People living with HIV (PLWH) don't have the luxury of making these choices. Antiretroviral medications extend lives, but only if they are taken consistently as prescribed. Since it's best to take medications before HIV erodes the immune system too much, PLWH may have to suffer through treatment side effects without enjoying the benefit of overcoming any noticeable bodily complaints in the early stages of their infection. Which side effects are merely bothersome, and which are serious? What is science doing to try to limit side effects? Can your choice of medications make any difference? This article will lay out some of the key challenges and changes relating to HIV treatment side effects. In some instances, the evidence is conflicting because there's often no way to know whether the development of progressive ailments is actually triggered by medications or is merely a natural occurrence of living longer.
Patients living with other chronic diseases such as cancer have said that they would be willing to suffer through more side effects if the medications were known to extend life.1 To see if the same preferences would hold with HIV disease, Loren Millier's team at the UCLA Medical Center asked a small group of HIV-positive patients to compare their preferences for treatment regimens according to four different criteria: side effects, pill burden, regimen inconvenience, and regimen potency.2
Obviously, patients would not be willing to suffer more side effects, pill burden or inconvenience for a treatment plan that was actually less potent. So this last category was included to determine how much potency could offset the negative impact of the first three criteria. It should be noted that in the first category, Miller's team measured only "side effects that were bothersome but not severe enough to necessitate drug discontinuation." Generally, this meant things like headache, fatigue, nausea, and diarrhea, but not potentially life-threatening side effects like organ shock or heart disease.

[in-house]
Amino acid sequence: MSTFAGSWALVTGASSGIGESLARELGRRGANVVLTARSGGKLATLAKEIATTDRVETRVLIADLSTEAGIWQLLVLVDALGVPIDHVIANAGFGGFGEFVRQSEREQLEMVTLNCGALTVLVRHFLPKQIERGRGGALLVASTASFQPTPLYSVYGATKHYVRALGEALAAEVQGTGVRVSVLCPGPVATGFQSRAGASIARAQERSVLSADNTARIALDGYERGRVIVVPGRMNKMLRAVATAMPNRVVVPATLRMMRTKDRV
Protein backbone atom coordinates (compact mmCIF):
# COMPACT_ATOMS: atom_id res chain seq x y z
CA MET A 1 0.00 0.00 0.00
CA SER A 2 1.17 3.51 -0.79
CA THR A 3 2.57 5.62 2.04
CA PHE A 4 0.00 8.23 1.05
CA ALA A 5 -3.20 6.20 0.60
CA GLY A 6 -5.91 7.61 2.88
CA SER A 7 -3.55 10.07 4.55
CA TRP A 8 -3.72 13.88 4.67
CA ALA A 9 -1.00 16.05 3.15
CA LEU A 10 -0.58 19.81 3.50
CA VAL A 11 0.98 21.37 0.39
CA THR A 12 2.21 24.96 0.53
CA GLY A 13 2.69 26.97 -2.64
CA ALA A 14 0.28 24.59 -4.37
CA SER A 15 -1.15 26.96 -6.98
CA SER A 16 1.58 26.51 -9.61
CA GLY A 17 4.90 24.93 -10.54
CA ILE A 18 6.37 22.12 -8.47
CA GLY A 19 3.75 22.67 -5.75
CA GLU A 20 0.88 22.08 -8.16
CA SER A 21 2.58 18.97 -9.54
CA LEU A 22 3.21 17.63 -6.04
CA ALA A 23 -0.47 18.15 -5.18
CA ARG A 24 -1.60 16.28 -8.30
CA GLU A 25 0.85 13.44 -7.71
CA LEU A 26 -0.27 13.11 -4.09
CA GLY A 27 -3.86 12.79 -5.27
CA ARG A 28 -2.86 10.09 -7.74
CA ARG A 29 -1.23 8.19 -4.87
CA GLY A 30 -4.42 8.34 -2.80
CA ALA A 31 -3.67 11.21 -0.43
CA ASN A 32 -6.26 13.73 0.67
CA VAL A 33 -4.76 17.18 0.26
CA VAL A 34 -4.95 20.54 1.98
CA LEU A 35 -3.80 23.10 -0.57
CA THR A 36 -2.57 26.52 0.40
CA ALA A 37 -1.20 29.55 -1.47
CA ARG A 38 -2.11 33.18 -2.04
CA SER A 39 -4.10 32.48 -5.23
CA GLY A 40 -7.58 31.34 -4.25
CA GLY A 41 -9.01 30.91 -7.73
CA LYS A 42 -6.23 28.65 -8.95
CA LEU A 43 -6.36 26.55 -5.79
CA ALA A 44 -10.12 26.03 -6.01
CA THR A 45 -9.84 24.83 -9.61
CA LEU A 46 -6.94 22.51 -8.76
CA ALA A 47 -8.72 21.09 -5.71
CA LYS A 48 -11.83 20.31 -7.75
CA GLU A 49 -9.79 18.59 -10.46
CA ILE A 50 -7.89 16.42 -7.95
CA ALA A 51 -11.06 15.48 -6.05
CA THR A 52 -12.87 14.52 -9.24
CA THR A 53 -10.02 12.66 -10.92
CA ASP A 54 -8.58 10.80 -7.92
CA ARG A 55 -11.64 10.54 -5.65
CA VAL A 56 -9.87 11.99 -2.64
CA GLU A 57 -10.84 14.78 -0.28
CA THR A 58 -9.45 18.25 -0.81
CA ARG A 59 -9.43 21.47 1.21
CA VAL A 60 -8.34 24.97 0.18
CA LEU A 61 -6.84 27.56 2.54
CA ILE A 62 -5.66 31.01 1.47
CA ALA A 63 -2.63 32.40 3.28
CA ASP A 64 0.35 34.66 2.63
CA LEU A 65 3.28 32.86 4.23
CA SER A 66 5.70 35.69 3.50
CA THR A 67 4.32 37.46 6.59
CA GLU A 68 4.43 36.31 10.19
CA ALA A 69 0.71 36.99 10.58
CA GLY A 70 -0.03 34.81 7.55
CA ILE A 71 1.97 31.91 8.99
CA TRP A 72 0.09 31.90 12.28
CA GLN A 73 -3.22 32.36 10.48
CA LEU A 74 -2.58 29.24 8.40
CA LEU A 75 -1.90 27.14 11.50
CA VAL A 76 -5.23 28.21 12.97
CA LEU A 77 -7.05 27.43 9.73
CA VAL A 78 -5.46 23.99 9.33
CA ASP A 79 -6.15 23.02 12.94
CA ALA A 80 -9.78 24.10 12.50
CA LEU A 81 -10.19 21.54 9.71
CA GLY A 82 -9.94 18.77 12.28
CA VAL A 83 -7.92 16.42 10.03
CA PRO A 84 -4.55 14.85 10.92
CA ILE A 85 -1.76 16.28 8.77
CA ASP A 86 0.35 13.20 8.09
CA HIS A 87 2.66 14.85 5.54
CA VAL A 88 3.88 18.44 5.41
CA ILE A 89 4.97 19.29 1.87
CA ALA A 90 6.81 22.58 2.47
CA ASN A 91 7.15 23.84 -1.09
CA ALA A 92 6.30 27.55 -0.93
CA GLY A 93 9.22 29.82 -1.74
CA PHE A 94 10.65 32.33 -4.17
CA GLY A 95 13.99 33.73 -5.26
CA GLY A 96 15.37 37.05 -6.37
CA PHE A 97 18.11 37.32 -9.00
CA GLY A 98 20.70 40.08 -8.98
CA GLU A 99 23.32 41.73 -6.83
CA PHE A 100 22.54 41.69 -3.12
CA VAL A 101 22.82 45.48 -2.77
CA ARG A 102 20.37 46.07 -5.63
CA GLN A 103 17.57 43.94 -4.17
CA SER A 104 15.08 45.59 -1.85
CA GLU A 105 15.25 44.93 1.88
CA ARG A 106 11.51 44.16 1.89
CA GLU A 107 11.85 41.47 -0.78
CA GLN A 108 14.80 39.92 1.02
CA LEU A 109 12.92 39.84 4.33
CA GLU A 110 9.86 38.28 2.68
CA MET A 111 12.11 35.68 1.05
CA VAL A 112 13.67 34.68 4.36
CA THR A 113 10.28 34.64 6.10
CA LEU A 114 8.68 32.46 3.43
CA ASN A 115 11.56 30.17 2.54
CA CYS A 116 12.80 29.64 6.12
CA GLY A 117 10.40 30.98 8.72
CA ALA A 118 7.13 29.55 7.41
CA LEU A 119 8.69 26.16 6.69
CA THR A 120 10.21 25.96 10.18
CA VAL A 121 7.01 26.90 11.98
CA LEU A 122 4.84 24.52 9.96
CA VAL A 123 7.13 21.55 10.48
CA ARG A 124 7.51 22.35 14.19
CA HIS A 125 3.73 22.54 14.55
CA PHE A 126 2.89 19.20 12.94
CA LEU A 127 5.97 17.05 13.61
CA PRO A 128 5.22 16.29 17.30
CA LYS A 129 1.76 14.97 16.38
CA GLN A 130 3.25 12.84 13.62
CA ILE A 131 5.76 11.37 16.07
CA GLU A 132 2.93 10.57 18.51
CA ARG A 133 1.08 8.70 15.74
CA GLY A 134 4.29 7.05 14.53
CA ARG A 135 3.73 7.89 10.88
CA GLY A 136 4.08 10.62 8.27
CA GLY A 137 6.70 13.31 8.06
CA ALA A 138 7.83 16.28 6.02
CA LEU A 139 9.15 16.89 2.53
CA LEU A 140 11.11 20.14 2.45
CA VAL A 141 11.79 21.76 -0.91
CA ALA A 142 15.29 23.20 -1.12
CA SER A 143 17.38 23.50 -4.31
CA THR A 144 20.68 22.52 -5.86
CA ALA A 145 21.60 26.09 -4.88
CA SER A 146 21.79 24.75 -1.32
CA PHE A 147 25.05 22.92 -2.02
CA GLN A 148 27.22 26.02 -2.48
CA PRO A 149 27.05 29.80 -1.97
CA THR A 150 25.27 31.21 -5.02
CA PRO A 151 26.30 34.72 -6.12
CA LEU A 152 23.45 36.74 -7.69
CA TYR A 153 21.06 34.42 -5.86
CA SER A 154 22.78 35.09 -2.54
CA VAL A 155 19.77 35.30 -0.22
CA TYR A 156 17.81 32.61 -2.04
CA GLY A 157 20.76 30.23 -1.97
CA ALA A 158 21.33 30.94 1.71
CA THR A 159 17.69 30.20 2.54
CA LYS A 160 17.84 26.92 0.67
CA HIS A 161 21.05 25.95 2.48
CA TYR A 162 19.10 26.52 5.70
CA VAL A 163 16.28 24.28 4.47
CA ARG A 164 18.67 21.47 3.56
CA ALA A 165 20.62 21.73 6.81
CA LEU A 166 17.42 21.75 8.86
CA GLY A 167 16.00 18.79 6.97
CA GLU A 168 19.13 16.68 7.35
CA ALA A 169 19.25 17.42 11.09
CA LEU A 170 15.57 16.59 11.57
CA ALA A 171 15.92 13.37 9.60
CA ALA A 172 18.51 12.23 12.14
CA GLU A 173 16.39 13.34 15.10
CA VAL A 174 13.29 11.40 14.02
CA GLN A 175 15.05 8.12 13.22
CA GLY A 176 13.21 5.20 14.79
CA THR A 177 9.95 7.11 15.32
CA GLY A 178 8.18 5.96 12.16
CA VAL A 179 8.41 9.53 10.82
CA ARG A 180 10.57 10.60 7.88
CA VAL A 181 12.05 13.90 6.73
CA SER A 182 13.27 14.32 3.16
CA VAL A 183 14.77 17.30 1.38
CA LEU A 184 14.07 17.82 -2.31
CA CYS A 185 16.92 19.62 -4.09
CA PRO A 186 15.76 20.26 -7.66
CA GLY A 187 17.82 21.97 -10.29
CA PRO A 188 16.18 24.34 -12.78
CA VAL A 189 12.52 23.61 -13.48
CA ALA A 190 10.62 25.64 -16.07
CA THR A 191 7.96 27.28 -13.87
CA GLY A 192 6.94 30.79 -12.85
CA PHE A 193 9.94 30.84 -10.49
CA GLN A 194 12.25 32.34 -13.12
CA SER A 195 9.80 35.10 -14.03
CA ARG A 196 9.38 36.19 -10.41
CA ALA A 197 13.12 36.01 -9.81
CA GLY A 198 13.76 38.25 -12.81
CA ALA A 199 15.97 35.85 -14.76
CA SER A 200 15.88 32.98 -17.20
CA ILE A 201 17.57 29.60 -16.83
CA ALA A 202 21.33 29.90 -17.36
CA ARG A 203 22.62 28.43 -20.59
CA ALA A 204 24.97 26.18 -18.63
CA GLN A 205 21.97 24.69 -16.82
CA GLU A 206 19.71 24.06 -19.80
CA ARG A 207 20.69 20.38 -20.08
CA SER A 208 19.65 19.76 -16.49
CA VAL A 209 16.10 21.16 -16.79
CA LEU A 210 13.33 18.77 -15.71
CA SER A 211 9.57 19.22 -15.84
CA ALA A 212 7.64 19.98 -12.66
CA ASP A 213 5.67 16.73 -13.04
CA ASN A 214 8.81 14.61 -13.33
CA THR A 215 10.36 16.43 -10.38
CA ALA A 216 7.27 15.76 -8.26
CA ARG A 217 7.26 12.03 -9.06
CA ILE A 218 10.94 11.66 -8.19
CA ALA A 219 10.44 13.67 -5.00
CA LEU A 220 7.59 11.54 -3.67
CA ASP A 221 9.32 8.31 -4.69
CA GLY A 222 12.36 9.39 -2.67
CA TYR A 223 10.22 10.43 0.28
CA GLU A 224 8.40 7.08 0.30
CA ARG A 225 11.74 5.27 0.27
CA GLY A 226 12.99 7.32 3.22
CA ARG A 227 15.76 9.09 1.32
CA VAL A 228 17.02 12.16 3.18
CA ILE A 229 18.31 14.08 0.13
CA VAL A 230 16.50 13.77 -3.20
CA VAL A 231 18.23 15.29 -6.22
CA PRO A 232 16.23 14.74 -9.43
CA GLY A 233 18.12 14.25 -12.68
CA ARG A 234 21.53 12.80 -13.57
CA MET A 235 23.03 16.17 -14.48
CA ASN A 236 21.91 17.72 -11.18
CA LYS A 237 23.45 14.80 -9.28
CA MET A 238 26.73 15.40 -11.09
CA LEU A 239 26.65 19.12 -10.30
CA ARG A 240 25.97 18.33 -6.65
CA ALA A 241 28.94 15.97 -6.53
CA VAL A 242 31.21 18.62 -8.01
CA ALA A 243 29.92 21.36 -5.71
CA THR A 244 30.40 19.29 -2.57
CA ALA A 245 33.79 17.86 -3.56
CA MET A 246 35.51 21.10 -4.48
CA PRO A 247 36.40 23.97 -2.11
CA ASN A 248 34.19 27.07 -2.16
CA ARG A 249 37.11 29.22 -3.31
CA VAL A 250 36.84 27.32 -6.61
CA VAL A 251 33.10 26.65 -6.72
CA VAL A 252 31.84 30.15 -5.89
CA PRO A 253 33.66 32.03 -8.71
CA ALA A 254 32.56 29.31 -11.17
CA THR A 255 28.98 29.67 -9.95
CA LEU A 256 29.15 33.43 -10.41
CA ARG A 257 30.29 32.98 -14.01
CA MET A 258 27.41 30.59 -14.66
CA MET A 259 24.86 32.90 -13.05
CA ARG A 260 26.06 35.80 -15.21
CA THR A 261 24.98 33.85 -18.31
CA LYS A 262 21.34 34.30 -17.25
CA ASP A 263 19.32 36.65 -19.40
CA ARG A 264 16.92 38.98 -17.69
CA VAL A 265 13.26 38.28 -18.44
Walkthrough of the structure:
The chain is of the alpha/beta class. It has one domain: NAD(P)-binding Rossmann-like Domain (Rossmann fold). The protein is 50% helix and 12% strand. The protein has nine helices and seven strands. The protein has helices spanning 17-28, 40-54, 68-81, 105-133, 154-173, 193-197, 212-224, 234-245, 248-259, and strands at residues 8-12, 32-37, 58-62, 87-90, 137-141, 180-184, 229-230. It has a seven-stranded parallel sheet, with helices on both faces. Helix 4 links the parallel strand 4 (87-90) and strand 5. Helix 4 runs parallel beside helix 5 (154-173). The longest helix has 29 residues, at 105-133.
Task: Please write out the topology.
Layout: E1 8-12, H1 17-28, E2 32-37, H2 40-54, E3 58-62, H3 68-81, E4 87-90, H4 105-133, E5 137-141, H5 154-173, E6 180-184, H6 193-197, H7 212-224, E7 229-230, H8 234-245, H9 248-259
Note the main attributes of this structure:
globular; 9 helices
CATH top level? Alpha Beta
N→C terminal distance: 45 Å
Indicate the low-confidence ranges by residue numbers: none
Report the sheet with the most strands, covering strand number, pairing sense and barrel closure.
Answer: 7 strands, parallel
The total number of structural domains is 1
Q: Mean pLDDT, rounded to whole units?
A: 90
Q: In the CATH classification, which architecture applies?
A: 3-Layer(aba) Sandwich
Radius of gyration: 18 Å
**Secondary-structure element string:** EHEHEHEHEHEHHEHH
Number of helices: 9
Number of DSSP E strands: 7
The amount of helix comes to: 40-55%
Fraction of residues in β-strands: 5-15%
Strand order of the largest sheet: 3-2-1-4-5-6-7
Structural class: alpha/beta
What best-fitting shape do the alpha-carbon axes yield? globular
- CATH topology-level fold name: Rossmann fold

The comparative choices were presented to patients in pictures, with larger or smaller drawings depicting better or worse side effects, pill burden, regimen inconveniences or treatment potency. The results? "Most though not all participants reported that they would want a regimen that was most effective at fighting HIV and prolonging life, regardless of side-effect severity, complexity, inconvenience or pill burden." In other words, these PLWH are just like patients facing other chronic diseases: their top priority is getting strong treatments.
The study also found that the patients were less bothered by side effects than many physicians tend to believe. In interviews with patients, many reported that side effects were most severe when they had begun a new regimen. After a period of time, their bodies "had grown accustomed" to the meds, or else the patients developed strategies to minimize the side effects, such as timing the dose with or without food, drinking more water, or not taking doses as soon as they wake up.
However, side effects were still more troublesome to patients than were inconvenient dosing or higher pill burden. Patients "preferred regimens with fewer side effects to those that were more convenient" in dosing schedule. Preference for fewer pills was the lowest among the four domains. The importance of pill burden may have declined because today's regimens tend to be so effective that few PLWH have to suffer through a daily series of additional prophylactic pills to ward off specific opportunistic infections.
Suspicious eyes have been cast towards protease inhibitors because it was soon after their development that doctors started reporting significant new cases of "protease paunch" and "buffalo hump," bizarre accumulations of fat in the abdomen and neck regions. Around the same time, inexplicable fat loss began showing up in PLWH, a condition just as stigmatizing. Known as "lipoatrophy," the condition leads to shrunken arms and legs, and sunken cheeks, even when overall bodyweight is unchanged.